US reportedly hands over to Libya "terrorist trainer"
4 May 2006
BBC Monitoring Middle East
Text of report by Camille al-Tawil published by London-based newspaper Al-Hayat website on 3 May
Informed Western sources have disclosed that the US handed over to Libya last month one of the most prominent "Libyan Afghans" whose "confessions" he had reportedly made during his detention helped "entangle" the Americans in the Iraq war. He told them former President Saddam Husayn's regime was training Al-Qa'idah organization to use poison. The Americans reiterated this claim publicly when they justified their invasion of Baghdad in 2003, but which later proved to be baseless.
These sources, which made it a condition to remain unanimous, said Ibn-al-Shaykh al-Libi, the official in charge of the Khaldin camp in Afghanistan and who has been detained since the end of 2001, was handed over to the Libyan authorities during the past few weeks. He is from the Ajdabiya area (in eastern Libya) and his real name is Abd-al-Hamid al-Fakhiri. The sources refused to give any further details.
It is no secret that there is close intelligence-security cooperation between the US and Libya even though Colonel Mu'ammar al-Qadhafi's regime remains on the list of terror-sponsoring countries according to the annual report issued last week by the US State Department. Henry Crumpton, coordinator of antiterrorism at the State Department, said in an interview with Al-Hayat last week that "Libya cooperated with the US fully in the field of intelligence and practical effect on the terrorist enemy". But Crumpton, the former Central Intelligence Agency (CIA) official, did not go into details about this cooperation.
It is claimed that Tripoli received from the US authorities during the past two years a number of leaders of the Islamic Fighting Group, at the top of them its amir [commander] Abdallah al-Sadiq and its shari'ah official Abu-al-Mundhir al-Sa'idi, in a measure that apparently included a Libyan commitment - specifically from the security organ - not to torture or abuse those sent back. The Libyans do not appear to have violated this commitment so far.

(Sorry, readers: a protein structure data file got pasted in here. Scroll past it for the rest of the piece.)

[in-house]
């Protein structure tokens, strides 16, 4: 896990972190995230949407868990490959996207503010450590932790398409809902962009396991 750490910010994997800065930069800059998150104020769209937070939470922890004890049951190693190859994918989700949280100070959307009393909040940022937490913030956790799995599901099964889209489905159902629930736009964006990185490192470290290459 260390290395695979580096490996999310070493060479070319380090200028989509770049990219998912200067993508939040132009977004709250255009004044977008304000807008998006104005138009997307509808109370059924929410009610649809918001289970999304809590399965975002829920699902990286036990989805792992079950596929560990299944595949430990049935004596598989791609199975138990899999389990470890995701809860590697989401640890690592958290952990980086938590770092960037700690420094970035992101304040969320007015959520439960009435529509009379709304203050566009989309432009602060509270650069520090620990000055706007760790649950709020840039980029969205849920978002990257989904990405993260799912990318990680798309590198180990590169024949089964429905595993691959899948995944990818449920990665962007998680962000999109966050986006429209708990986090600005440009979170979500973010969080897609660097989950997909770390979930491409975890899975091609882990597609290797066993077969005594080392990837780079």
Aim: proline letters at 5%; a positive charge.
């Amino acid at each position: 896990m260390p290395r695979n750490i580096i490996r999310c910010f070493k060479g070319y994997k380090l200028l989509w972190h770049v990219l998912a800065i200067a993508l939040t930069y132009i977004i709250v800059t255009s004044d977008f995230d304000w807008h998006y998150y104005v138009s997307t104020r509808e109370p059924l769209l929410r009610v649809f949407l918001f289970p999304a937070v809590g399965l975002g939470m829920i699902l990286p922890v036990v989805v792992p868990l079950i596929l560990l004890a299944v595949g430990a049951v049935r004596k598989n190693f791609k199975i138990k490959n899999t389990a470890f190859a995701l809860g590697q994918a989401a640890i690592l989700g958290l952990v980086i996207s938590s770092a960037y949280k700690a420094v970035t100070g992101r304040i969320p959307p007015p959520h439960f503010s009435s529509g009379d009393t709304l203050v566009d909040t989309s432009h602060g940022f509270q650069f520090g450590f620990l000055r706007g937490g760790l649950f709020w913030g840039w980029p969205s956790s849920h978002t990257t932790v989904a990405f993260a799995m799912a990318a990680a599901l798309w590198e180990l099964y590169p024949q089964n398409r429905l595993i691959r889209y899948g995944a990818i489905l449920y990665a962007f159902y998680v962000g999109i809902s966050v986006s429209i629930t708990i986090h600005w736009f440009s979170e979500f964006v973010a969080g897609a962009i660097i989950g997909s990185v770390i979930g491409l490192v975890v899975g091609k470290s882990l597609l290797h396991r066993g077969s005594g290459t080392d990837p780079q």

Ibn-al-Shaykh is one of the prominent "Libyan Afghans". He joined the "Khaldin" camp (in Khost near the Afghan-Pakistani border) at the end of the 1980s and rose in the ranks until he became in charge of the camp. The Americans believed at first that he was an Al-Qa'idah organization member but it was discovered that this was not true. He did not belong to Al-Qa'idah or any other Libyan organization but continued to operate independently and opened the Khaldin doors to anyone "who wants to train for jihad", according to sources close to the "Arab Afghans". It is, therefore, noted that the majority of those who trained in Khaldin - the camp that was first opened in the 1980s by late Shaykh Abdallah Azzam - did not belong to a specific "jihad" organization but came to Afghanistan to receive military training. This, however, did not prevent various jihad groups, among them Al-Qa'idah, from sending their elements to train in Khaldin. This was probably the reason why the Americans thought at first that the Libyan belonged to Usamah Bin-Ladin's organization.
The Taleban Movement tried during its rule of Afghanistan (between 1996 and 2001 to restrict the freedom of Ibn-al-Shaykh in Khaldin by placing all the "Arab Afghans" training camps under its direct control. But then Al-Libi refused to come under the Taleban cloak and continued to work independently until the US strike on Afghanistan in 2001.
It is believed that he was arrested after the downfall of the Taleban government in November 2001 and handed over to the Americans. US reports said later that he was moved to an Arab country, where he told investigators that President Saddam Husayn's regime was cooperating with Al-Qa'idah and training its elements on the use of weapons of mass destruction. Former Secretary of State Colin Powell reiterated these claims when he spoke before the Security Council at the beginning of 2003 about Saddam's relationship with Al-Qa'idah. But the Americans admitted later on that the source of this information retracted it.
On the other hand, the legal Human Rights Watch said yesterday that prominent Libyan opponent Fathi al-Jahmi is facing the possibility of a death sentence for offending the Libyan leadership and talking to a "foreign official" believed to be an American diplomat. Al-Jahmi has been in detention for more than two years.
Source: Al-Hayat website, London, in Arabic 3 May 06